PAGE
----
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Reporting from the Front: Aravena’s battle for social justice

William Chan, a recent employee and recipient of an Australian Achievement in Architecture Award from the Australian Institute of Architects, was invited to present and discuss his work at this year’s Venice Biennale sessions on architecture. While with COX, William contributed to the Sydney Metro and his project at this year’s Biennale builds on his experience in transit oriented development from an urban design and architecture perspective. Below is an abridged excerpt from his published piece in ArchitectureAU.[/vc_column_text][/vc_column_inner][/vc_row_inner][vc_separator][vc_row_inner][vc_column_inner width=”1/12″][/vc_column_inner][vc_column_inner width=”10/12″][vc_column_text]William Chan had the opportunity to meet and tour with the 2016 director Alejandro Aravena during the Vernissage preview.

Under the theme of ‘Reporting from the Front’, the internationally curated section of the 2016 Venice Biennale challenged visitors to understand the dramatic realities of our times and the forces at play for architecture to influence people’s quality of life.

Inside the historic Arsenale building, Chilean architect and curatorial director Alejandro Aravena describes ‘quality of life’ as a non-specific matter and a conversation that must engage all citizens. This perspective is illustrated at the exhibition, which aims to widen the range of issues to which architecture is expected to respond, including social, political, economic and environmental influences, while advocating that architecture is called to respond to more than one dimension at a time through the integration of different fields.

The introductory hall documents the process for selecting the exhibiting practitioners. Aravena believes that the Biennale “must act as a sounding board teaching a lesson to those who have the problem of a blank paper.” He also emphasises the value of failing in the design process. He mentions his social housing projects which have a high risk of failure. Not afraid to reveal his own failures, Aravena points to a presentation panel with two big black crosses over the text. Entitled ‘Inferno – Purgatorio – Paradiso’ in reference to Dante’s Divine Comedy, this was the original proposal that was rejected by the Biennale board. A much more critical précis on the architectural profession, he portrays Inferno as architects paralysed by the complexity of reality, only criticising without action, while Paradiso as starchitects impressing the public with their answers without knowing to which question.

For Aravena, architecture is not only defined by aesthetics, current trends or the skill of a designer. Instead, they are the consequences of regulations, interests, economies and policies or even a lack of coordination, indifference and chance. He blames greed, single-mindedness and conservatism of bureaucracy as the reason for banal, mediocre and dull environments.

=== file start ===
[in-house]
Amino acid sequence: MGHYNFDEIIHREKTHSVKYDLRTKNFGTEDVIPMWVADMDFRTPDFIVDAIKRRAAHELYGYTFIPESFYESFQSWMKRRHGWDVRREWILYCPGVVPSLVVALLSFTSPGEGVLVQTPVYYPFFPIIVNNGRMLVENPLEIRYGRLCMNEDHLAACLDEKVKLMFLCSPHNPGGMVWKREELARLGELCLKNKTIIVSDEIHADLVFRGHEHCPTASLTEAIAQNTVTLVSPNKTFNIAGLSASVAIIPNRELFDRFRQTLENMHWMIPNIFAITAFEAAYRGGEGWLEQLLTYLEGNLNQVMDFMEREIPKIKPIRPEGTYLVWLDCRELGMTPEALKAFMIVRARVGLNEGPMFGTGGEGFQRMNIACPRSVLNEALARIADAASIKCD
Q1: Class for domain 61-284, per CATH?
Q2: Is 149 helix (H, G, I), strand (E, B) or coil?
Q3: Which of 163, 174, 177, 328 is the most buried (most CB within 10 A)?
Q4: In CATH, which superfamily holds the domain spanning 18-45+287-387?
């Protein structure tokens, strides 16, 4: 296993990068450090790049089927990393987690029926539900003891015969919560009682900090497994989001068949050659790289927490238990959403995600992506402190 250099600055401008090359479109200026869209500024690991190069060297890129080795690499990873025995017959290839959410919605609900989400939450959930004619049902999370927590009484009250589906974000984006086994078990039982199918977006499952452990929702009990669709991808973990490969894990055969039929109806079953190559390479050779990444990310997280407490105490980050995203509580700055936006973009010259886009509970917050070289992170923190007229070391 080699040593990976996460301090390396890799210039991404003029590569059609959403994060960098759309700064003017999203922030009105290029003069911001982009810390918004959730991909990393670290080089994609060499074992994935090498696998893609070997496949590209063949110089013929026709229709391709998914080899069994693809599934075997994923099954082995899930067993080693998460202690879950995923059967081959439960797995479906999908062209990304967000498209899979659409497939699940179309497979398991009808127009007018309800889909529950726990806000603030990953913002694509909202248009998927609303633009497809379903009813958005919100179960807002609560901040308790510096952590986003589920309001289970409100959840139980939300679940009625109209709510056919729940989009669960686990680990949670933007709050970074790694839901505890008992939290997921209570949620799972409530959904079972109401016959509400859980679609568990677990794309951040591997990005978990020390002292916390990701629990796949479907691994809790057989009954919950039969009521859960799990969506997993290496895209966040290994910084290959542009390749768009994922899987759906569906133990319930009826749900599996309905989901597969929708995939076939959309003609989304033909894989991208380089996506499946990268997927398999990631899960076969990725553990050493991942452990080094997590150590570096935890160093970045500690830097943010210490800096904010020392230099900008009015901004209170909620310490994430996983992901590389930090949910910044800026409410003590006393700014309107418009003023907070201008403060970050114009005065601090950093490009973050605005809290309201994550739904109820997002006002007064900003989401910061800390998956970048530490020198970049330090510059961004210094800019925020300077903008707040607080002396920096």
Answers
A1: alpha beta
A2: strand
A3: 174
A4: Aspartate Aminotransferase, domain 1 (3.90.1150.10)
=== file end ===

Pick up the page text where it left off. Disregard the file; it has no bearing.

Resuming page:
My project at the Biennale, No Where Now Here, responds to the theme in creating a better public life for communities living in the periphery of urban centres through transport oriented development. The vision for a new metro interchange in the outskirts of Milan is the stage for where social, environmental and demographic conflicts collide with urban and rural development.

Although Aravena recognises creativity, intuition, expression and poetry, he does not consider them separate from social function. He has rejected the cliché to offer a different perspective in every project and proposal selected.

He has demonstrated how social inequality can be fought by exceeding the boundaries of architecture where the objective of improving the built environment for all is attainable. To me, he has broadened the understanding of what architecture is and what it means.

What Aravena has succeeded to do is engage architects with non-architecture in an increasingly insular professional culture and by doing so, importantly engage non-architects with architecture and its powerful mechanisms to create change in our world.[/vc_column_text][/vc_column_inner][vc_column_inner width=”1/12″][/vc_column_inner][/vc_row_inner][vc_separator][vc_row_inner][vc_column_inner][vc_column_text]Building on the horizon-broadening success of William’s Biennale adventure, COX, by virtue of the creation of a staff “Futures Fund”,  will be sending one employee from each of its offices on an expenses-paid week-long study tour to Venice in August 2016.[/vc_column_text][/vc_column_inner][/vc_row_inner][/vc_column][vc_column width=”1/2″][vc_row_inner][vc_column_inner][vc_single_image image=”4430″ add_caption=”yes”][/vc_column_inner][/vc_row_inner][vc_row_inner][vc_column_inner width=”1/2″][vc_single_image image=”4432″ add_caption=”yes”][/vc_column_inner][vc_column_inner width=”1/2″][vc_single_image image=”4485″ add_caption=”yes”][/vc_column_inner][/vc_row_inner][vc_row_inner][vc_column_inner][vc_column_text]Header photo by Andrea Avezzù, courtesy of La Biennale di Venezia